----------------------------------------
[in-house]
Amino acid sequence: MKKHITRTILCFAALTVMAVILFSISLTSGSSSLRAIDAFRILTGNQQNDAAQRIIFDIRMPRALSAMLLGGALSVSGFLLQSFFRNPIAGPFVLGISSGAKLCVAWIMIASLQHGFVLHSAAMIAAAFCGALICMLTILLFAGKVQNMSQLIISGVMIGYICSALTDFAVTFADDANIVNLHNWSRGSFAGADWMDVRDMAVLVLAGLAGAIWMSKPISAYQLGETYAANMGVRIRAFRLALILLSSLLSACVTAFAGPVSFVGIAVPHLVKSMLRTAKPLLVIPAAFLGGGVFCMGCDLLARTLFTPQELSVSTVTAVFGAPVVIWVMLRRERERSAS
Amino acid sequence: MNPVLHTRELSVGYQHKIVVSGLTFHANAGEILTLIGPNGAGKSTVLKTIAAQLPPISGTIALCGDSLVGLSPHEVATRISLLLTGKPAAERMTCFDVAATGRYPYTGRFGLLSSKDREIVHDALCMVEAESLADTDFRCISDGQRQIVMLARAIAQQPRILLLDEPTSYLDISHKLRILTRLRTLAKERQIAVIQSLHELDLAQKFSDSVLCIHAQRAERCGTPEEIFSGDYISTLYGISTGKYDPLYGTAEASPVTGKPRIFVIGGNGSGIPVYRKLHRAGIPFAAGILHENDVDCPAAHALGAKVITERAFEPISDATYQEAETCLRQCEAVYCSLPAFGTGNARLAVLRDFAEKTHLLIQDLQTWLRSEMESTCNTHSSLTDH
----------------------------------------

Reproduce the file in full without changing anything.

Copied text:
[in-house]
Amino acid sequence: MKKHITRTILCFAALTVMAVILFSISLTSGSSSLRAIDAFRILTGNQQNDAAQRIIFDIRMPRALSAMLLGGALSVSGFLLQSFFRNPIAGPFVLGISSGAKLCVAWIMIASLQHGFVLHSAAMIAAAFCGALICMLTILLFAGKVQNMSQLIISGVMIGYICSALTDFAVTFADDANIVNLHNWSRGSFAGADWMDVRDMAVLVLAGLAGAIWMSKPISAYQLGETYAANMGVRIRAFRLALILLSSLLSACVTAFAGPVSFVGIAVPHLVKSMLRTAKPLLVIPAAFLGGGVFCMGCDLLARTLFTPQELSVSTVTAVFGAPVVIWVMLRRERERSAS
Amino acid sequence: MNPVLHTRELSVGYQHKIVVSGLTFHANAGEILTLIGPNGAGKSTVLKTIAAQLPPISGTIALCGDSLVGLSPHEVATRISLLLTGKPAAERMTCFDVAATGRYPYTGRFGLLSSKDREIVHDALCMVEAESLADTDFRCISDGQRQIVMLARAIAQQPRILLLDEPTSYLDISHKLRILTRLRTLAKERQIAVIQSLHELDLAQKFSDSVLCIHAQRAERCGTPEEIFSGDYISTLYGISTGKYDPLYGTAEASPVTGKPRIFVIGGNGSGIPVYRKLHRAGIPFAAGILHENDVDCPAAHALGAKVITERAFEPISDATYQEAETCLRQCEAVYCSLPAFGTGNARLAVLRDFAEKTHLLIQDLQTWLRSEMESTCNTHSSLTDH